Clinical and Epidemiological Factors Associated with Mortality in Parkinson’s Disease in a Brazilian Cohort
Background. Prognosis of PD is variable. Most studies show higher mortality rates in PD patients compared to the general population. Clinical and epidemiologic factors predicting mortality are poorly understood. Methods. Clinical and epidemiologic features including patient history and physical, functional, and cognitive scores were collected from a hospital-based cohort of PD patients using standardized protocols and clinical scales. Data on comorbidities and mortality were collected on follow-up. Results. During a mean follow-up of 4.71 years (range 1–10), 43 (20.9%) of the 206 patients died. Those who died had higher mean age at disease onset than those still alive at the last follow-up (67.7 years versus 56.3 years; ). In the univariate analysis, age at baseline was associated with decreased survival. In the adjusted Cox proportional hazards model, age at disease onset and race/ethnicity were predictors of mortality. Conclusions. Late age at disease onset and advanced chronological age are associated with decreased survival. Comorbidities and PD characteristics were not associated with decreased survival in our sample. Race/ethnicity was found in our study to be associated with increased hazard of mortality. Our findings indicate the importance of studying survival among different populations of PD patients.
Parkinson’s disease has a broad range of clinical features, with great variability between individuals. Overall prognosis is difficult to establish due to the heterogeneity of data in the literature. Cohort studies tend to show increased mortality as compared to the general population . However, results are varied, mostly due to study designs, diagnostic criteria, and outcome measures. One study showed similar mortality rates between PD patients and the UK population . A number of clinical and epidemiological factors have been shown to increase the risk of death in PD patients, such as age , motor symptoms [2–5], age at disease onset [4, 6], and presence of dementia [7, 8]. Prognostication has relevance not only in clinical practice, influencing long-term care planning, but also in research settings. Clinical trials should be able to study homogeneous populations, therefore providing results that are more accurate.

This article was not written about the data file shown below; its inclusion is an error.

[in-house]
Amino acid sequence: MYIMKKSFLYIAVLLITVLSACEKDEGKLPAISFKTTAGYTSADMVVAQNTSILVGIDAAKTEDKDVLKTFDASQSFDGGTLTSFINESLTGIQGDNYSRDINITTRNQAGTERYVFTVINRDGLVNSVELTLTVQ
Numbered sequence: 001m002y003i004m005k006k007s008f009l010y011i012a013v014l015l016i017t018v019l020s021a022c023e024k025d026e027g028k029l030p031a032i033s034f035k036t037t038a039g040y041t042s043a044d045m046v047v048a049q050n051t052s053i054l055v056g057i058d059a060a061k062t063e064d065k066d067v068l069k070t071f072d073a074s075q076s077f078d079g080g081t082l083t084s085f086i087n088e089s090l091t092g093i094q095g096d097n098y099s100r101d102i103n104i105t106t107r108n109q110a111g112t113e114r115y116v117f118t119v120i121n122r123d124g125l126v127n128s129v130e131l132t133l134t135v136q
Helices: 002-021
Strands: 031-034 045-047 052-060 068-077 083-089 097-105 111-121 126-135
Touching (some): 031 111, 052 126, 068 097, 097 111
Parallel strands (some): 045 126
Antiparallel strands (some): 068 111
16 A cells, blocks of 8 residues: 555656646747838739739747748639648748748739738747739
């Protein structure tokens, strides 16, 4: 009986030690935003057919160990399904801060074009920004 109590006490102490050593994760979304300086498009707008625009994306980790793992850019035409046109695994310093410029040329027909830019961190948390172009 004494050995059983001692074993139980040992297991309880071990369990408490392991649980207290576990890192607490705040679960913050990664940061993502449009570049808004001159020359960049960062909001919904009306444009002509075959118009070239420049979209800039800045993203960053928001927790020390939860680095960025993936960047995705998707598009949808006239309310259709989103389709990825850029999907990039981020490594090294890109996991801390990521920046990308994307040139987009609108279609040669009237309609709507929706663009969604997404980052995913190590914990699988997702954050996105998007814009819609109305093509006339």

A Brazilian community-based survey showed a PD prevalence of 3.3% in individuals over the age of 64 years , one of the highest in recent studies. Evaluation of factors influencing mortality is necessary in different populations, given the heterogeneity of the disorder. In addition, the impact of health care is an important contributor to prognosis. Access to specialized neurological care and specific drugs may be problematic in some countries, influencing mortality in different settings. These data are currently lacking in our population. Given its importance to give input to specific studies such as cost-effectiveness analyses of Parkinson’s treatments in local settings and serve as a comparator to future studies, we aimed to identify these factors.
A cohort consisting of 233 patients was followed with regular visits at a specialized Movement Disorders Clinic in Porto Alegre, Brazil, a tertiary referral center in a region of 10 million inhabitants. Recruitment began in 2006 and ended in 2012, including all patients with a clinical diagnosis of PD. All patients were examined by at least one movement disorder specialist and fulfilled the United Kingdom Parkinson’s Disease Society Brain Bank criteria for idiopathic PD . There were no exclusion criteria other than not meeting the diagnosis requirement. On the first evaluation, data on epidemiological and clinical features were collected using a standardized protocol and clinical scales. Disease severity was scored according to Hoehn&Yahr (H&Y) scale and disability was measured with the Schwab-England Activities of Daily Living scale. Motor features were evaluated using the Unified Parkinson’s Disease Rating Scale (UPDRS) and cognitive status was assessed using the Folstein Minimental State Examination. Diagnosis of depression was based on clinical assessment using DSM-IV criteria. Age at onset of PD was defined as the age at which the first symptom was noticed by the patient. Although relying on self-reported information on symptom onset may carry the risk of recollection bias, many patients presented to us with long standing symptoms without a previous diagnosis, so duration of disease would be underestimated. Patients were classified into late-onset (>60 years) and nonlate-onset (≤60 years).
Motor subtype was defined using a score based on the UPDRS, previously described in the DATATOP study . Patients were divided into tremor predominant subtype and postural instability/gait disorder (PIGD) subtype. The tremor score was calculated as the mean of the following items: right and left arm tremor by history, tremor at rest (face, lips, chin, and limbs), and postural or action tremor by examination. The PIGD features were determined using the mean score of the following items: falling, freezing, and walking difficulty by history and gait and postural instability by examination. Race/ethnicity was divided into white and nonwhite individuals (which included blacks, Asians, and Indians. Together they comprised 11% of the study sample). Cognitive status was defined as “demented” and “nondemented” using a cut-off score of ≤23 for the former (maximum: 30) in the Minimental State Exam, which showed good sensitivity and specificity as a screening tool in our population .